Can't wait to hear about your surprise!

April 29, 2011 at 12:11 PM  
Blogger Teresa said...

I'm glad everyone likes the wristwarmers! I used the pattern Mericash Wristwarmers offered online for free by Punta Yarns ( I made them a little longer than the pattern called for because I thought that would be prettier and I also blocked them to open up the lace. This wool in this pattern tends to scrunch up a bit.

April 29, 2011 at 1:07 PM  
Blogger Peter said...

I have a wonderful hand knitted scarf made for me by my friend Sally from wool she spun herself. It is mostly natural off white sheep wool with two black stripes of karakul, two white stripes that look angora and two mottled brown stripes. The white stripes are from my little mut dog Roxie and the mottled brown my Himalayan cat Quinten.

April 29, 2011 at 2:06 PM  
Blogger Kate said...

Paula - Try "fulling" the sweater that is feeding moths right now. Wash it in hot water with soap (rather than detergent) and toss it in the dryer. Even moth holes can seal themselves up during this process. You might end up with a nice coat for yourself or some cool new fabric. Everyone will think you are a genious of creation (and you are if you can knit a sweater and change the essence of the fiber)! One caution, don't put it in the washer and forget it, pull it out now and then and make sure that the inside of the sweater isn't felting together. If it isn't to your satisfaction when done in a wash cycle then do it again! Once it's done (you should barely be able to discern stitches depending on the wool and the extent to which you felted it) you can cut it without unraveling to create the perfect something.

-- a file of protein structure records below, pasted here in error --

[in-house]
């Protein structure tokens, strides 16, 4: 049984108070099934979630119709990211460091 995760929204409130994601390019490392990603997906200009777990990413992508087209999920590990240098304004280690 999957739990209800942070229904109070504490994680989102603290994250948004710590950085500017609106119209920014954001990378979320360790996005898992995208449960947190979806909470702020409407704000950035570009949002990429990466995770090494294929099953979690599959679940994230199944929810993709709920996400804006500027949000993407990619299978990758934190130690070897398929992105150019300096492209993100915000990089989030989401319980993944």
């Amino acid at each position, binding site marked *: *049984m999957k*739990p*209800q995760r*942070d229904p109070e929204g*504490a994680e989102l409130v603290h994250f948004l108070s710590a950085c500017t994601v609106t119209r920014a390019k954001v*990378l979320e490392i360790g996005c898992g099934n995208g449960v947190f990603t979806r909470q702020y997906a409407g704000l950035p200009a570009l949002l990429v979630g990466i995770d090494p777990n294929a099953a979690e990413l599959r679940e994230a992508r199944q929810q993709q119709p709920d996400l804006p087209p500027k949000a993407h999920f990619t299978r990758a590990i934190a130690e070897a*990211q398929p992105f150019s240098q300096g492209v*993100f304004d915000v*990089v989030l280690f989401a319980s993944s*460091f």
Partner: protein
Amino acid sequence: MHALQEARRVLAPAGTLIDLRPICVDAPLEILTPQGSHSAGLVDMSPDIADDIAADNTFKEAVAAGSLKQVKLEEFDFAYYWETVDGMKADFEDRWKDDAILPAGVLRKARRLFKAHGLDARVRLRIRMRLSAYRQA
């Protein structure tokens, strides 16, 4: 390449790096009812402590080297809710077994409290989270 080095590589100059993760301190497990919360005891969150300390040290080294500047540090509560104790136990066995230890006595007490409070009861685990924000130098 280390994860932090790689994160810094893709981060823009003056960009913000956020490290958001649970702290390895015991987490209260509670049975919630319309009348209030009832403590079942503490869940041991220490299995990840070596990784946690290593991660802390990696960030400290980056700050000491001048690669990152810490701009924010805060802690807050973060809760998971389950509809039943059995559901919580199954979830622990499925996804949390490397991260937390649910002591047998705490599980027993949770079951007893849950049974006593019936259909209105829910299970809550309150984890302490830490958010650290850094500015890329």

Just a thought. I did this with a couple of old sweaters I had made that I couldn't part with but which needed a new life.

April 29, 2011 at 2:07 PM  
Blogger Maggie in Tally said...

Teresa, those are amazing. And there's no way in Hades I could do something like that yet. I struggle with knit one purl one.

April 29, 2011 at 2:38 PM  
Blogger Maggie in Tally said...

Jenna---follow this link to Anglican, Plain--I think you'll like her blog entry on her herding dog. Beautiful pic of the dog too.

April 29, 2011 at 2:41 PM  
Blogger Stargazer 2 said...

This comment has been removed by the author.

April 29, 2011 at 2:46 PM  
Blogger Stargazer 2 said...


April 29, 2011 at 3:02 PM  
Blogger jules said...

Aren't those gloves stunning! I LOVE them!

April 29, 2011 at 3:39 PM  
Blogger Janet said...